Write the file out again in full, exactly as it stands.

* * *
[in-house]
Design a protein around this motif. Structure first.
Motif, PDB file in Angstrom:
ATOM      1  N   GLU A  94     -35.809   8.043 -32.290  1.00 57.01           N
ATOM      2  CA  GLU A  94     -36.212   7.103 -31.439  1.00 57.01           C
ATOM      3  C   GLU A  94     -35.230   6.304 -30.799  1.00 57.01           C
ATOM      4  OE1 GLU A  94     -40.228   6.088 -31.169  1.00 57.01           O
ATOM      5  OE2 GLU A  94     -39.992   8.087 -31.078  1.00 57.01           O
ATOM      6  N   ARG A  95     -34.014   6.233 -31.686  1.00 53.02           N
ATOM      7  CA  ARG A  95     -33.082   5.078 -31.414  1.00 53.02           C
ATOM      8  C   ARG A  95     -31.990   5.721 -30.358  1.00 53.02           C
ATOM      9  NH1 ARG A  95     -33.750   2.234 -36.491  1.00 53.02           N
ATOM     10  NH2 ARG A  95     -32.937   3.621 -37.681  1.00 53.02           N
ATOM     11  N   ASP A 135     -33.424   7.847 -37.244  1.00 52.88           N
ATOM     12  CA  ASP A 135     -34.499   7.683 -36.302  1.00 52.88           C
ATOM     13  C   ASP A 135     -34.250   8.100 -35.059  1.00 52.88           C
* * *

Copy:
[in-house]
Design a protein around this motif. Structure first.
Motif, PDB file in Angstrom:
ATOM      1  N   GLU A  94     -35.809   8.043 -32.290  1.00 57.01           N
ATOM      2  CA  GLU A  94     -36.212   7.103 -31.439  1.00 57.01           C
ATOM      3  C   GLU A  94     -35.230   6.304 -30.799  1.00 57.01           C
ATOM      4  OE1 GLU A  94     -40.228   6.088 -31.169  1.00 57.01           O
ATOM      5  OE2 GLU A  94     -39.992   8.087 -31.078  1.00 57.01           O
ATOM      6  N   ARG A  95     -34.014   6.233 -31.686  1.00 53.02           N
ATOM      7  CA  ARG A  95     -33.082   5.078 -31.414  1.00 53.02           C
ATOM      8  C   ARG A  95     -31.990   5.721 -30.358  1.00 53.02           C
ATOM      9  NH1 ARG A  95     -33.750   2.234 -36.491  1.00 53.02           N
ATOM     10  NH2 ARG A  95     -32.937   3.621 -37.681  1.00 53.02           N
ATOM     11  N   ASP A 135     -33.424   7.847 -37.244  1.00 52.88           N
ATOM     12  CA  ASP A 135     -34.499   7.683 -36.302  1.00 52.88           C
ATOM     13  C   ASP A 135     -34.250   8.100 -35.059  1.00 52.88           C